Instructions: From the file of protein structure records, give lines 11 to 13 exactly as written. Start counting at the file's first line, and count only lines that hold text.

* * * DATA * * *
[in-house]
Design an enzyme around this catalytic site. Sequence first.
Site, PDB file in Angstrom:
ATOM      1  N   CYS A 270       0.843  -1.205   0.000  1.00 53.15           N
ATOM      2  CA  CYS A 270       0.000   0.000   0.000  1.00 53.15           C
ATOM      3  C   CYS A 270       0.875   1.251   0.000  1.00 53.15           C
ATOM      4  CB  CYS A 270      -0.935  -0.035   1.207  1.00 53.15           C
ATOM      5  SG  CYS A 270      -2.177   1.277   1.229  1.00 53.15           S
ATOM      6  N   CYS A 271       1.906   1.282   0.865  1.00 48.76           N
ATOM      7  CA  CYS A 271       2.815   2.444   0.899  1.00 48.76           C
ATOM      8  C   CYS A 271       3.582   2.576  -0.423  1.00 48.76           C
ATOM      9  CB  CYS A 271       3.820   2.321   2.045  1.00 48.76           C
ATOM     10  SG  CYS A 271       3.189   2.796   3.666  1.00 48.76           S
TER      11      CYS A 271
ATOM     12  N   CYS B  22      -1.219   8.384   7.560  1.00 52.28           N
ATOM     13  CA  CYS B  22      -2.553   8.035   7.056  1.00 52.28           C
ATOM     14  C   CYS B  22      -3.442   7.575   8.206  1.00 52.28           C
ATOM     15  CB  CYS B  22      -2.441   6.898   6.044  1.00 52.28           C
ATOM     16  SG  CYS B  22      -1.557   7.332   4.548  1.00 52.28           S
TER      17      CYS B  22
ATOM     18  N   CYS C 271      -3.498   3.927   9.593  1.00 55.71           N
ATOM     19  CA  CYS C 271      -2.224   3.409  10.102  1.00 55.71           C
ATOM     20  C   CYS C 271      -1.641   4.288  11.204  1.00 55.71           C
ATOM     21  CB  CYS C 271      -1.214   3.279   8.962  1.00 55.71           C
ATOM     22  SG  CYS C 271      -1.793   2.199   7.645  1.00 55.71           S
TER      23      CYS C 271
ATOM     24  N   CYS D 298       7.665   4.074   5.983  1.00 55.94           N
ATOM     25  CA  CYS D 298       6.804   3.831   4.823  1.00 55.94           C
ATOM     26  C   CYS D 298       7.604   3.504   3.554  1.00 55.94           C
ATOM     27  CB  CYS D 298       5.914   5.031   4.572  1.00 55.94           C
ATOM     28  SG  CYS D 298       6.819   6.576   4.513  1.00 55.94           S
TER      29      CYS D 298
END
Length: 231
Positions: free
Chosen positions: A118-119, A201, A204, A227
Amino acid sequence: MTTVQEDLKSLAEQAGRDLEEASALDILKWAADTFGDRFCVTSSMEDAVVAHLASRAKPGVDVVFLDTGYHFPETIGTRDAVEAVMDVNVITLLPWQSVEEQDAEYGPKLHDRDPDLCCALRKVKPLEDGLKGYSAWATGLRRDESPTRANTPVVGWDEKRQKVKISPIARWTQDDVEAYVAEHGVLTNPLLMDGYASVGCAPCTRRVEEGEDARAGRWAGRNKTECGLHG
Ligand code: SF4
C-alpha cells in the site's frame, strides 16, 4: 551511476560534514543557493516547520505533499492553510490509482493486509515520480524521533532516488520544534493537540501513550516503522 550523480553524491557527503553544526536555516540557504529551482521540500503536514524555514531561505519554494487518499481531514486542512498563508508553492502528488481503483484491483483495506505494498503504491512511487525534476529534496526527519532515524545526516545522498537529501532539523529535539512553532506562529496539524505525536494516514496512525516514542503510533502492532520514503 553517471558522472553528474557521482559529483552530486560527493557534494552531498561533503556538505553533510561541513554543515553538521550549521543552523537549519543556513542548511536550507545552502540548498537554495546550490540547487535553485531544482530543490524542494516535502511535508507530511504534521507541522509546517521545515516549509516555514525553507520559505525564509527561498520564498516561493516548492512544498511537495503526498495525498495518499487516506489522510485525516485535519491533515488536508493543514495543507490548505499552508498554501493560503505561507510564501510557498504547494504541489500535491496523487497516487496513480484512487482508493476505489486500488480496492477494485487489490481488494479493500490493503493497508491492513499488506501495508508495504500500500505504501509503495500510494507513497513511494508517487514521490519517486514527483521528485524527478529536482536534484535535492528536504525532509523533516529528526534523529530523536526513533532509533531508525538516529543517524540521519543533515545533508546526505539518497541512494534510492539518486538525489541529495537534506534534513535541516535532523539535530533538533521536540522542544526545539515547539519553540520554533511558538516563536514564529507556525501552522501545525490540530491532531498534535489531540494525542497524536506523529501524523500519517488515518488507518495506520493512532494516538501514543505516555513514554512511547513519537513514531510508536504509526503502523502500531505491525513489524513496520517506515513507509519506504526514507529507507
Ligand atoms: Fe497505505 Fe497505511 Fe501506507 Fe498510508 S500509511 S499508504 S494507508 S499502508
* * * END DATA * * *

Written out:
ATOM      8  C   CYS A 271       3.582   2.576  -0.423  1.00 48.76           C
ATOM      9  CB  CYS A 271       3.820   2.321   2.045  1.00 48.76           C
ATOM     10  SG  CYS A 271       3.189   2.796   3.666  1.00 48.76           S